NASHVILLE, Tenn. (WKRN) – What is a hero?

Is it a deputy who saves a choking child? Is it a cop who rushes to a burning wreck? Is it a law officer who brings someone back to life?

The answer to all of these questions is yes.

“I feel like every day that I put this gun and badge on I’m doing something good,” says Lt. Shannon Heflin of the Cheatham County Sheriff’s Office.

Every day in Middle Tennessee, a man or woman who wears a badge steps up when others back down.

“We go towards it while everyone else is going away from it,” says Chief Don Bandy, of Gallatin Police. “We are not anyone special. It’s a calling. You raise your hand to take that oath.”

Williamson County Sheriff, Dusty Rhoades, says the job puts you in a position to save a life, “We make a difference every day in somebody’s life. Good, bad, or indifferent. I like to think we do more good.”

“Nobody is here to get rich, for the fun of wearing a gun, it’s a service,” says Lt. Ken Miller, of the Cheatham County Sheriff’s Office. “It’s what we do. We want to make a difference.”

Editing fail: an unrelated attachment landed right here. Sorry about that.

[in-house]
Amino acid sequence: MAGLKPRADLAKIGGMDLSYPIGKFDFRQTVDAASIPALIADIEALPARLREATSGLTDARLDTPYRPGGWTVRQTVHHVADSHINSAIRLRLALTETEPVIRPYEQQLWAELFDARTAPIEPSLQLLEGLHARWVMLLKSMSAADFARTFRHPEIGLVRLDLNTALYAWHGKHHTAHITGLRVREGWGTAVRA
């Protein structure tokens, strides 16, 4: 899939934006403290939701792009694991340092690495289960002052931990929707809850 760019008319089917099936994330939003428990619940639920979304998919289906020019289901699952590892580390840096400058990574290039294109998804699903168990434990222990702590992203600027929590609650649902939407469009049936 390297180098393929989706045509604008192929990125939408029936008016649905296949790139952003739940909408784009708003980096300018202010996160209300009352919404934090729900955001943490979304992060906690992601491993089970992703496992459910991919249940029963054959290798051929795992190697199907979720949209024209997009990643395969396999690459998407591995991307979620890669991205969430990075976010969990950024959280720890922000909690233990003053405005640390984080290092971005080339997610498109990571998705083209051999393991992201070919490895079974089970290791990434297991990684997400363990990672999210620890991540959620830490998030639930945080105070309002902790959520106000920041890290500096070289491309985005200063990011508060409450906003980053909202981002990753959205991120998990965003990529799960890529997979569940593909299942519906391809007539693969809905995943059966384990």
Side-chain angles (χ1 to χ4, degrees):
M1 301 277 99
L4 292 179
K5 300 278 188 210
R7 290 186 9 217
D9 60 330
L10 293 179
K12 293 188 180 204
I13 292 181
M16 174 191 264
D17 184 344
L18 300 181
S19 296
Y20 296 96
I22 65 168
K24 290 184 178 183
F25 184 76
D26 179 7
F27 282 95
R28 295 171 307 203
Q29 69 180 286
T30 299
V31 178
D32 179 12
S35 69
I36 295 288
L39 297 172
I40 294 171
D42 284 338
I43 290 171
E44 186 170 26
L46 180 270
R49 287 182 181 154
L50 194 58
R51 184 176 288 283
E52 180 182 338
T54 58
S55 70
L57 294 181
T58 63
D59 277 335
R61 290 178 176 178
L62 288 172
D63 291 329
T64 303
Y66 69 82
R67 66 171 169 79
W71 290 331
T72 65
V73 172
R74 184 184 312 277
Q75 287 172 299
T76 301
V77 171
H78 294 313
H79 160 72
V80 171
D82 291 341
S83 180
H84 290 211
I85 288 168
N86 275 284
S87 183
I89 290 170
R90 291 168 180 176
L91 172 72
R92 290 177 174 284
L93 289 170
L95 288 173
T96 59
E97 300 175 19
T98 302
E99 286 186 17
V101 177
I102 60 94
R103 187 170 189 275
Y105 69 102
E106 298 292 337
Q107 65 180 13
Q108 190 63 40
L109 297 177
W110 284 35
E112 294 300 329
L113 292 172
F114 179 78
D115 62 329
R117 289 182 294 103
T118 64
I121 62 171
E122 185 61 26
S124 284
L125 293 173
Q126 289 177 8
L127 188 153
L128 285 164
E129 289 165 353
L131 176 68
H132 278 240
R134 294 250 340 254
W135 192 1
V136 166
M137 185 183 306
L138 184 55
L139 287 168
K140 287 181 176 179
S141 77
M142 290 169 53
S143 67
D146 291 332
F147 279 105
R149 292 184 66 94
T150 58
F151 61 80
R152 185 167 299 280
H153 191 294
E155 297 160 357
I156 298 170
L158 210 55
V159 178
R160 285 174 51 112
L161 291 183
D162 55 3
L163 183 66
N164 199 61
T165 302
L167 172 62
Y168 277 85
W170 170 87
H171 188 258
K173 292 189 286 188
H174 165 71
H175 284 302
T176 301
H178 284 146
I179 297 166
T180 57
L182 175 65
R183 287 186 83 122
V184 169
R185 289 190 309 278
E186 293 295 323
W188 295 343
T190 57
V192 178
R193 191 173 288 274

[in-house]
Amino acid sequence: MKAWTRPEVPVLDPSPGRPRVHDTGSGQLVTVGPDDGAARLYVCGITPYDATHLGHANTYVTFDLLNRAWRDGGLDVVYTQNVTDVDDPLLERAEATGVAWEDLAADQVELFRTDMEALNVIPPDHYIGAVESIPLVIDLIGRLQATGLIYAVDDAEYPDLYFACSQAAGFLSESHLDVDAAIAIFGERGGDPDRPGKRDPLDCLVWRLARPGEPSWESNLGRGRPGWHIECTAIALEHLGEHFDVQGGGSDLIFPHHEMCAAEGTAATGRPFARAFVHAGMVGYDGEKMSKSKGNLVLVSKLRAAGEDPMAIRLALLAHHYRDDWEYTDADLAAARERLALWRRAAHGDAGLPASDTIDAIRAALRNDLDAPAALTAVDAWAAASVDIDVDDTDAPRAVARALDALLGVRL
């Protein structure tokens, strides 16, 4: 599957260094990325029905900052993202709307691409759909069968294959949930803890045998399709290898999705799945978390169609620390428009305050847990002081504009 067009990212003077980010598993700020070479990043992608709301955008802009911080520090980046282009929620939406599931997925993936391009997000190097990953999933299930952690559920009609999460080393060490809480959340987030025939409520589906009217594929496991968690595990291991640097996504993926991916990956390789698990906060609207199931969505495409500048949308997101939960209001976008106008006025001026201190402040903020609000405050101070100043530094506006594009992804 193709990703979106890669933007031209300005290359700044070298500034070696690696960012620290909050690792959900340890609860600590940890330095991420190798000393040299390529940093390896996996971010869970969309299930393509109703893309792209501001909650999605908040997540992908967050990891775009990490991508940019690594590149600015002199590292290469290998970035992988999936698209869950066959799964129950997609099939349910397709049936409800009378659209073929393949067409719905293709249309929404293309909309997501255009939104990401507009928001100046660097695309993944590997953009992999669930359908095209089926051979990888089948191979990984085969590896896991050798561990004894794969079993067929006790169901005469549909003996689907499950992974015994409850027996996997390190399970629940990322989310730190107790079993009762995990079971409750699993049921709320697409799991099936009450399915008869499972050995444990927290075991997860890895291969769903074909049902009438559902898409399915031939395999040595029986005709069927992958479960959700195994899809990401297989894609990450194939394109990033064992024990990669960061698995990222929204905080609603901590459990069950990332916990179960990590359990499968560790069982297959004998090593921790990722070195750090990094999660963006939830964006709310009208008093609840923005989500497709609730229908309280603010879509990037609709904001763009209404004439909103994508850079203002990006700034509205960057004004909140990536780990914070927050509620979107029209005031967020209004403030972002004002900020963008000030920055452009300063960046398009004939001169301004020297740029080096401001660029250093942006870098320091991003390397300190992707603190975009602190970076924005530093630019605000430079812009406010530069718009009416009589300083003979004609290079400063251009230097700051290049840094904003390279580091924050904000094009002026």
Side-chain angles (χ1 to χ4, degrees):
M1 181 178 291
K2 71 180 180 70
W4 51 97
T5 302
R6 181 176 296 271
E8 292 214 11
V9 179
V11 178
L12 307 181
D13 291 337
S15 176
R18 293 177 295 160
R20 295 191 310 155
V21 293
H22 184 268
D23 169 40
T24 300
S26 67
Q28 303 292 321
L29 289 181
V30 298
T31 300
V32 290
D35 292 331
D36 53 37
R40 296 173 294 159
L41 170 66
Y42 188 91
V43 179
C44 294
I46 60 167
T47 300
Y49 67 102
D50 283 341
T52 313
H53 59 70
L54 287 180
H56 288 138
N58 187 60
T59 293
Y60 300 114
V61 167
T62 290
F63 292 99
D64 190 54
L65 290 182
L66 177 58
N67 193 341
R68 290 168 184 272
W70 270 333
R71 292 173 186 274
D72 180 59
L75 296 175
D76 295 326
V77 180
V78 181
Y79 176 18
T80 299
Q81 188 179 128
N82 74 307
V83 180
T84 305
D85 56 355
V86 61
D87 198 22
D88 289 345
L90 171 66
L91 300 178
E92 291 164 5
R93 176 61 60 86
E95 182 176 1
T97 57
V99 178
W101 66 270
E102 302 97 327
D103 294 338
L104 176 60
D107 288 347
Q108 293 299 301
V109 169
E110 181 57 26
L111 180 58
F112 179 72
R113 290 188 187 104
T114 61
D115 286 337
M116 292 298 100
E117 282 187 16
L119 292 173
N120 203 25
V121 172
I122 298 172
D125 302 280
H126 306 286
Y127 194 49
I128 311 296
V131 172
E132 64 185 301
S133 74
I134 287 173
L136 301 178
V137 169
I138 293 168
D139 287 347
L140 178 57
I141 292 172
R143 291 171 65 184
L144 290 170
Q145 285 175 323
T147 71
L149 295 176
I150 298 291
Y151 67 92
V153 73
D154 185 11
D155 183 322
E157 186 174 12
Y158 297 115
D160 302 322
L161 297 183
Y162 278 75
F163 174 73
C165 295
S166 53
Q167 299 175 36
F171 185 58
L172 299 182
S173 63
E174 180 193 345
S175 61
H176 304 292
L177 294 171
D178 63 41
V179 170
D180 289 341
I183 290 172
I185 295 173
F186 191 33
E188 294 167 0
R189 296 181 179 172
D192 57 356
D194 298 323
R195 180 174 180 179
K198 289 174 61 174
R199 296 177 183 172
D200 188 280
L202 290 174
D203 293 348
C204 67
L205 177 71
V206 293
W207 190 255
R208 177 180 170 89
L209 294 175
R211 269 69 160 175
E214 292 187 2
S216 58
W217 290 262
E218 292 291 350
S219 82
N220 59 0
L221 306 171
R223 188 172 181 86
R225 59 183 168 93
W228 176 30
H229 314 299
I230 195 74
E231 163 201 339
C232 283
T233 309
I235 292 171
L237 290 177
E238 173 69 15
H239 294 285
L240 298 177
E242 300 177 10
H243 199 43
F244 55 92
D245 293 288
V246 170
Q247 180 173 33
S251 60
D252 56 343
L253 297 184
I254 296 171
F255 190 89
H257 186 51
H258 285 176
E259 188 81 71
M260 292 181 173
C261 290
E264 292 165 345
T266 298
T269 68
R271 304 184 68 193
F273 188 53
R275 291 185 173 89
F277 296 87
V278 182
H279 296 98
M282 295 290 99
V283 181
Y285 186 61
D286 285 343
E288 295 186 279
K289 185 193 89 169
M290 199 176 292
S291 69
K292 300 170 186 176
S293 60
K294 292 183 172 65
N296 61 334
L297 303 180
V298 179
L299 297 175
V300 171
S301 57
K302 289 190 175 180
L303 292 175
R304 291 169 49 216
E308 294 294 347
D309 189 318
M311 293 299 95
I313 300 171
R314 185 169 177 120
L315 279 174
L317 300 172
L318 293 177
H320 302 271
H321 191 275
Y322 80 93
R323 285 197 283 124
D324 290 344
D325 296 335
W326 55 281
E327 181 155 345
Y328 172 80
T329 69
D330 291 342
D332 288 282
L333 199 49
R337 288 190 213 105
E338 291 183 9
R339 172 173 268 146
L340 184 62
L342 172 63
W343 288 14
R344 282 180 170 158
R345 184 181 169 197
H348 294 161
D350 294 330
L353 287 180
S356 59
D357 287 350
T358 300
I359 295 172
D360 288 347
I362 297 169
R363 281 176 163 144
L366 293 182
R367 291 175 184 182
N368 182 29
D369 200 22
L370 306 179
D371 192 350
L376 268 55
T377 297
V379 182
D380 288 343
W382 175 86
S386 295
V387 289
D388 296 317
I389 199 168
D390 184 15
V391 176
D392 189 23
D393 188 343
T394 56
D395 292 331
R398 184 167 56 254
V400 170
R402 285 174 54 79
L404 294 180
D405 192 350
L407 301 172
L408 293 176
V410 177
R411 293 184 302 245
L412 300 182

Gallatin Police Chief, Don Bandy, was in the right place at the right time to help resuscitate a drowning child. “You talk about an adrenaline rush. She had already sunk to the bottom. But you put on a badge every day, and you can save a life, and there’s a kid alive today.”

On December 29th, 2019, Williamson County K9 officer, Elijah Kelley, threw caution to the wind when he secured himself with a dog leash to enter the fast-moving water to rescue a 69-year-old woman who was about to drown in her own car.

The woman survived thanks to Kelley; an officer willing to make the ultimate sacrifice. “It’s the greatest thing I can imagine. It’s what I signed up to do.”

In a special News 2 series, officers open up about the perils of their job and how they cope with danger on a daily basis.

You can check out more from Behind the Badge here.